There’s a lot of talk these days, and a lot of space and airtime given by media to popular, muscular atheism – the idea that God is dead, or doesn’t exist. And many who do believe in God play down the significance of their faith for everyday life, or relegate faith to Sundays.
So it was something of a surprise to hear former British Prime Minister Tony Blair address the Saddleback Civil Forum last Sunday about faith, the Middle East, globalisation, and 9/11.
Mr Blair said faith was not merely “a distant relic of the past” but “part of the future and of progress.” He feared that a world without faith would deliver “a process of globalisation without values, without beliefs, without conviction.”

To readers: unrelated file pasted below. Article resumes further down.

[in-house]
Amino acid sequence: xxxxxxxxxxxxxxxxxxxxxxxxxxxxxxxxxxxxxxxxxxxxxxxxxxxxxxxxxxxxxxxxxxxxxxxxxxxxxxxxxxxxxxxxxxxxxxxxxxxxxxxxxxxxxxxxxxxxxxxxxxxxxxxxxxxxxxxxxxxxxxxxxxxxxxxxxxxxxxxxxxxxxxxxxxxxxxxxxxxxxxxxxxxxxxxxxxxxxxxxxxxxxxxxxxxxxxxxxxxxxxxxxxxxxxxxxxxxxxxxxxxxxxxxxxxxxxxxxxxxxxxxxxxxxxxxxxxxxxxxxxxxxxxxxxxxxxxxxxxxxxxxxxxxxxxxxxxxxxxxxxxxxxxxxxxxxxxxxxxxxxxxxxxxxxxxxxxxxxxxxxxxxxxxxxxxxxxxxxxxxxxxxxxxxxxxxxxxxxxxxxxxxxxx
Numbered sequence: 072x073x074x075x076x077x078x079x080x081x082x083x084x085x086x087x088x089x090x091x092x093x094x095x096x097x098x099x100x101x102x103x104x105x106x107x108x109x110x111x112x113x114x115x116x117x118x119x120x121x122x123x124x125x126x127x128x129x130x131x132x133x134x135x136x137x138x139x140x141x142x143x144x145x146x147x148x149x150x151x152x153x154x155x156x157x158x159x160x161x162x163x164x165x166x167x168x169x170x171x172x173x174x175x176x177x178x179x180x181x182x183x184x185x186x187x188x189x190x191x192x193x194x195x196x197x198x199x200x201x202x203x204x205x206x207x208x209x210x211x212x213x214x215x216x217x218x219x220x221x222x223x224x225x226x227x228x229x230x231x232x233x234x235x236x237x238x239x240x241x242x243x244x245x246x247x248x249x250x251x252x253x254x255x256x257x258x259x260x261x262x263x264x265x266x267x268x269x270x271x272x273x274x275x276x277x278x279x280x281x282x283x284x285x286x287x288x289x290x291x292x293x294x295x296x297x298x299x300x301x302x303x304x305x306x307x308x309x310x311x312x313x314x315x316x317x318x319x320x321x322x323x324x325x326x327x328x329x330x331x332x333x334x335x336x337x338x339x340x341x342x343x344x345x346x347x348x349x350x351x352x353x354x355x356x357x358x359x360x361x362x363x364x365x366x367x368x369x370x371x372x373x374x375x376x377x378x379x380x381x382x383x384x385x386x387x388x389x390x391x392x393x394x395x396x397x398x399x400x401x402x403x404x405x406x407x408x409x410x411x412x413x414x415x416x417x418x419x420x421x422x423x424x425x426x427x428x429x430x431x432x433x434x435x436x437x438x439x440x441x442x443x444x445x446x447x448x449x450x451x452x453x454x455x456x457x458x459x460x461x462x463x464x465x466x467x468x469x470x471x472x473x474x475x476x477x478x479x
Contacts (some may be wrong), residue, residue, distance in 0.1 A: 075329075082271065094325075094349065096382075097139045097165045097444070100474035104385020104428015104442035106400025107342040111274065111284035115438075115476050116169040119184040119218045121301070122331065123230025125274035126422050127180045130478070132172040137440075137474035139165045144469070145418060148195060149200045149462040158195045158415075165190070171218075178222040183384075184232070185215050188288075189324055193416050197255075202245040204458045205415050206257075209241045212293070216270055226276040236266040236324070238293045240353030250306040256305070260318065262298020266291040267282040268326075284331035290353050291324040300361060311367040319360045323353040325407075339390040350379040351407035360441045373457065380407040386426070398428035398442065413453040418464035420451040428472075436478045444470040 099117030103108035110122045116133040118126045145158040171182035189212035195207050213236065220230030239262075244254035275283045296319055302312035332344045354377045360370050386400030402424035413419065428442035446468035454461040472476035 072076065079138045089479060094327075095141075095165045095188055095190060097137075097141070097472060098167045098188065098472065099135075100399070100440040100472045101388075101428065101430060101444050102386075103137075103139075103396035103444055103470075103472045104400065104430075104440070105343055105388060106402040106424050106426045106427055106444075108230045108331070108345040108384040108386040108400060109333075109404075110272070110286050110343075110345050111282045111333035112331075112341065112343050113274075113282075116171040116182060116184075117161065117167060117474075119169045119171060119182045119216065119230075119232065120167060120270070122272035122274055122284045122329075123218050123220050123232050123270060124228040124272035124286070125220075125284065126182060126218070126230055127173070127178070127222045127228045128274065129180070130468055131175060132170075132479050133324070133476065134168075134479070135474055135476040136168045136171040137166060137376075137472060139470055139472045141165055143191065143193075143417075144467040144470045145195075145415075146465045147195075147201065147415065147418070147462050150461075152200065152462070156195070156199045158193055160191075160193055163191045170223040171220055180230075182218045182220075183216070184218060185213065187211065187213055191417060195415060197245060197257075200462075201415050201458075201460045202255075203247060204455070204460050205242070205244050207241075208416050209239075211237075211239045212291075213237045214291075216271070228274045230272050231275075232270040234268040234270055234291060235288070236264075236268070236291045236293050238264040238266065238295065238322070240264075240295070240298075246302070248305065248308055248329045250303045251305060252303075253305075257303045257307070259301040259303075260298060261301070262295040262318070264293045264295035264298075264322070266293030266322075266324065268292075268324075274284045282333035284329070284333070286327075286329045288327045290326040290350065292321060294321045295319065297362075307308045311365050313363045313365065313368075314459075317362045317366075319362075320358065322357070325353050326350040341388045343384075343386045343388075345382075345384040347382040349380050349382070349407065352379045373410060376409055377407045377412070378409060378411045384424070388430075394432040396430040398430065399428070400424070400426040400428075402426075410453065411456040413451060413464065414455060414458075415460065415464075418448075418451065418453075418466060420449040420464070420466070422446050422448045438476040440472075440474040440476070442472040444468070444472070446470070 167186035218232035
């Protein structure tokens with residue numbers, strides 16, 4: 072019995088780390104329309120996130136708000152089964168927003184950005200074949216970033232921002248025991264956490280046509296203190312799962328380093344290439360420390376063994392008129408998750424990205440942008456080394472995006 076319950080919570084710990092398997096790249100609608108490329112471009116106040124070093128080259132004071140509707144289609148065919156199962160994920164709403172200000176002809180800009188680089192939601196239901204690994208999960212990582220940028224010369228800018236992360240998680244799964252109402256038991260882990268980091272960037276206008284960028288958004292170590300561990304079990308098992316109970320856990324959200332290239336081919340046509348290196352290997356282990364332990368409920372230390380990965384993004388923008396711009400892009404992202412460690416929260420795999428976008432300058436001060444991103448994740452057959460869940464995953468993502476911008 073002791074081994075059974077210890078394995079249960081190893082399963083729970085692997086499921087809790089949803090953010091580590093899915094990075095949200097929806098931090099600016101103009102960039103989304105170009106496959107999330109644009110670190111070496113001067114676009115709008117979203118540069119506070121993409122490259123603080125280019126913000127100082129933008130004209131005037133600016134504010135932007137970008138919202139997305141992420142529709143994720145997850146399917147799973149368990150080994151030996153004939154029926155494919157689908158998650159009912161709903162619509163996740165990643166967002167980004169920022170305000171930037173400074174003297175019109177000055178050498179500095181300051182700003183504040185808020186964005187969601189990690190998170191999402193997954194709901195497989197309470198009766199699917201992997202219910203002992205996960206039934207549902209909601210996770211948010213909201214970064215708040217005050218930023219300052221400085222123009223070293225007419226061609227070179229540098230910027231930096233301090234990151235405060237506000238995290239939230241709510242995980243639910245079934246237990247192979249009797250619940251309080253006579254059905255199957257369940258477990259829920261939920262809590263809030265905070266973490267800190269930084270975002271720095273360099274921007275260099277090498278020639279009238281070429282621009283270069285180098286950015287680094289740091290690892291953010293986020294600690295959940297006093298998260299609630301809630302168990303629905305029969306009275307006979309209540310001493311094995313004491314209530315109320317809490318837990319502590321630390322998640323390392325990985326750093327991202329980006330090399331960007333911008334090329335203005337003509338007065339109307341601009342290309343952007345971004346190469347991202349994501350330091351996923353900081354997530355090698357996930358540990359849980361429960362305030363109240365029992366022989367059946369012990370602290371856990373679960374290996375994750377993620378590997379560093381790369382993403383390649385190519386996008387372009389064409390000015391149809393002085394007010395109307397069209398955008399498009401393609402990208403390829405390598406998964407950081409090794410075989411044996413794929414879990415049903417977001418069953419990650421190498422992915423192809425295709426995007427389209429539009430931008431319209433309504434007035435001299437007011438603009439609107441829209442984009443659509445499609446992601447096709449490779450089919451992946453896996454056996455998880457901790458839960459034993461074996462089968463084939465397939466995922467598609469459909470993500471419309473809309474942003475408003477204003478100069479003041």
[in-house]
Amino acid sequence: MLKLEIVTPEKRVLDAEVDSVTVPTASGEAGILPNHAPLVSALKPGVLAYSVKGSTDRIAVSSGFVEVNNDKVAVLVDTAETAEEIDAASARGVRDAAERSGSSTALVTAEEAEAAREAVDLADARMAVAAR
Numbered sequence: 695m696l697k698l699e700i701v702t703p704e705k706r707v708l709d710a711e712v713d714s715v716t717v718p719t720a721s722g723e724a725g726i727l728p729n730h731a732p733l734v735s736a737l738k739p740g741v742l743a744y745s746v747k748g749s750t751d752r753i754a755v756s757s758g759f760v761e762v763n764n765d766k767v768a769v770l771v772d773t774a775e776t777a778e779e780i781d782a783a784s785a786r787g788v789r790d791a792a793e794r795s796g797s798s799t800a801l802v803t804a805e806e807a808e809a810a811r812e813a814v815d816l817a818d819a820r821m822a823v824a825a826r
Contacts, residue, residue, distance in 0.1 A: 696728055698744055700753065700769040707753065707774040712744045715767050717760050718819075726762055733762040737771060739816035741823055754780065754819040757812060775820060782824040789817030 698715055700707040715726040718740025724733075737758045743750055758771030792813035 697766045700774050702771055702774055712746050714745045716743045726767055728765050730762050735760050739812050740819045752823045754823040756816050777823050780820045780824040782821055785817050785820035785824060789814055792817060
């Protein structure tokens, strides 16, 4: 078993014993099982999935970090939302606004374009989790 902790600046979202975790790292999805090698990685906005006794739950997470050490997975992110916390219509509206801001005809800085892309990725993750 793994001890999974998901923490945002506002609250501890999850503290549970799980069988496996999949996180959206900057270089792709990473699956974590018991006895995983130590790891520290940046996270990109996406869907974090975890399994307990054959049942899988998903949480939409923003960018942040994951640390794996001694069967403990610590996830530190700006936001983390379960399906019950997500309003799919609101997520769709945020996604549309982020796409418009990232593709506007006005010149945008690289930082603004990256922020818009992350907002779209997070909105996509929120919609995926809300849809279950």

Mr Blair also claimed that the support of the west for America after 9/11 was about defending a belief system. It is dangerous to merge national interest with religious belief, but those who recognise the Judeo-Christian foundations of our laws and customs, our rights and freedoms, would be inclined to agree with Mr Blair.
Broadcast on 2CH Sydney, 13 March 2011.
Theologian, researcher, teacher, writer, foodie, husband, dad. Works at Moore Theological College.